You are on page 1of 2

Kadija Chenekan Writing I Professor Wabuke

Assignment Six
Dear Yvette, I always thought about war as something to be talked about and debated among civilians. Now I find myself asking this question does sharing our own opinions with soldiers be much more helpful in understanding war in general. I have wondered why in forming our own opinions about wars we usually only think about what we feel not what the people who fight in the wars, and those who are being fought feel. The more I questioned myself about the benefit of asking questions, the more I found that there is merit in it. People who have different opinions tend to learn more from others who hold different views. The question most clear in my mind is do we learn by questioning others perceptions or simply by listening as t why they have those perceptions. Marjane Satrapi proves my point by going to West Point and blankly stating to a full room of soldiers and cadets Im against the war in Iraq. This helped her and the cadets at the academy communicate with each other. Although she feared the feelings that her opinion might rouse in the academy, she went and spoke to them. Both parties had the others view. Although it might not have changed their opinions, it made them take a step and think. I believe that soldiers in war should go into the wart with both negative and positive opinions in mind. The positive opinions will inspire them to fight for what they believe in and the negative will allow them to be sympathetic towards their opponents. In all aspects of war, the truth is often distorted to mask the horrors of it, or simply because people rarely pay attention to the facts. This is further proved in How to Tell A True Story by Tim OBrien who writes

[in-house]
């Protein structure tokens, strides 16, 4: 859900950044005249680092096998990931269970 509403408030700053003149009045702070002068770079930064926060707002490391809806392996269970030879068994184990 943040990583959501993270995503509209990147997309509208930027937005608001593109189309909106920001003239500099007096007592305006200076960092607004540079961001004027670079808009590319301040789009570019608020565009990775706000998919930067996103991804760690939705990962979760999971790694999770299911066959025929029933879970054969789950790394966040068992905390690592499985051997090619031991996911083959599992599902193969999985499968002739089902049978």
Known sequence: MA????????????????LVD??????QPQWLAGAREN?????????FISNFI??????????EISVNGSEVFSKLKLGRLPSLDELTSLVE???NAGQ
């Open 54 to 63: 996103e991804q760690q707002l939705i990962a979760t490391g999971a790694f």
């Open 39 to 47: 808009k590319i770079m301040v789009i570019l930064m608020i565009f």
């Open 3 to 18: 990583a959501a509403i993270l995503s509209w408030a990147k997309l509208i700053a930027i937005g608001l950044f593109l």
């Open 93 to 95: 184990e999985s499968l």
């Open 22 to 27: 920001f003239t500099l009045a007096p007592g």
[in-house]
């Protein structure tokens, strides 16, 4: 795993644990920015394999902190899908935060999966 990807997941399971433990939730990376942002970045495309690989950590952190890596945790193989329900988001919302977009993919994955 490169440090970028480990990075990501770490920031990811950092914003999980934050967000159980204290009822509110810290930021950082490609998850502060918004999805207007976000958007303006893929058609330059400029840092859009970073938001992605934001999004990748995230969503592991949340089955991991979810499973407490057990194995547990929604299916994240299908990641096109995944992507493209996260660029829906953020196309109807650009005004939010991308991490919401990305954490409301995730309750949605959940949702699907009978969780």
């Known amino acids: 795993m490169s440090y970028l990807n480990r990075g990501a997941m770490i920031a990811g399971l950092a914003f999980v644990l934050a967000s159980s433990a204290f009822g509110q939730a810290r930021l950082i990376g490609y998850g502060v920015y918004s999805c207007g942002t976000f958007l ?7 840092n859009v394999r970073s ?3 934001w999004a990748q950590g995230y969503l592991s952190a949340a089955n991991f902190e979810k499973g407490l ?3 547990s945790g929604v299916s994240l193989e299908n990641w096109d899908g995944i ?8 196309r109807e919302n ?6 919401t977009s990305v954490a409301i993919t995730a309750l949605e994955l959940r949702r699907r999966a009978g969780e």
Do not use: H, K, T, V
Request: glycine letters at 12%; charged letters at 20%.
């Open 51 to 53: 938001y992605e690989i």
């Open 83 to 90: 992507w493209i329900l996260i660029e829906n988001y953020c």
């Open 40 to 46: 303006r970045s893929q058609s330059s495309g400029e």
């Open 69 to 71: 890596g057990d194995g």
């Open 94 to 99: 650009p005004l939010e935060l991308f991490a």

about a Vietnam Veteran who has no real grasp on what happened during the war. The events are distorted to suit his own mind, and his perception is clouded by the horrors he saw. He could not rely on one true event where all the facts merge together to form a coherent thought. This is an example of how one never truly sees or hears everything in a war to be able to discern between what happened and we thought happened is different. Asking the questions, and allowing ourselves to see the position of the two different opinions can lead to a more objective narration. A person who questions a different opinion allows themselves to see both sides of an issue. In the case of a war, the opinion of soldiers is clouded by their duty to country, then fellow soldiers. They become unreliable narrators. Satrapi makes the reader see how in her preconceived notion on her reception at WestPoint , she imagines herself being badly received and not heard, but upon arrival, she is heard after her speech and starts sharing her own ideas with the cadets of the academy.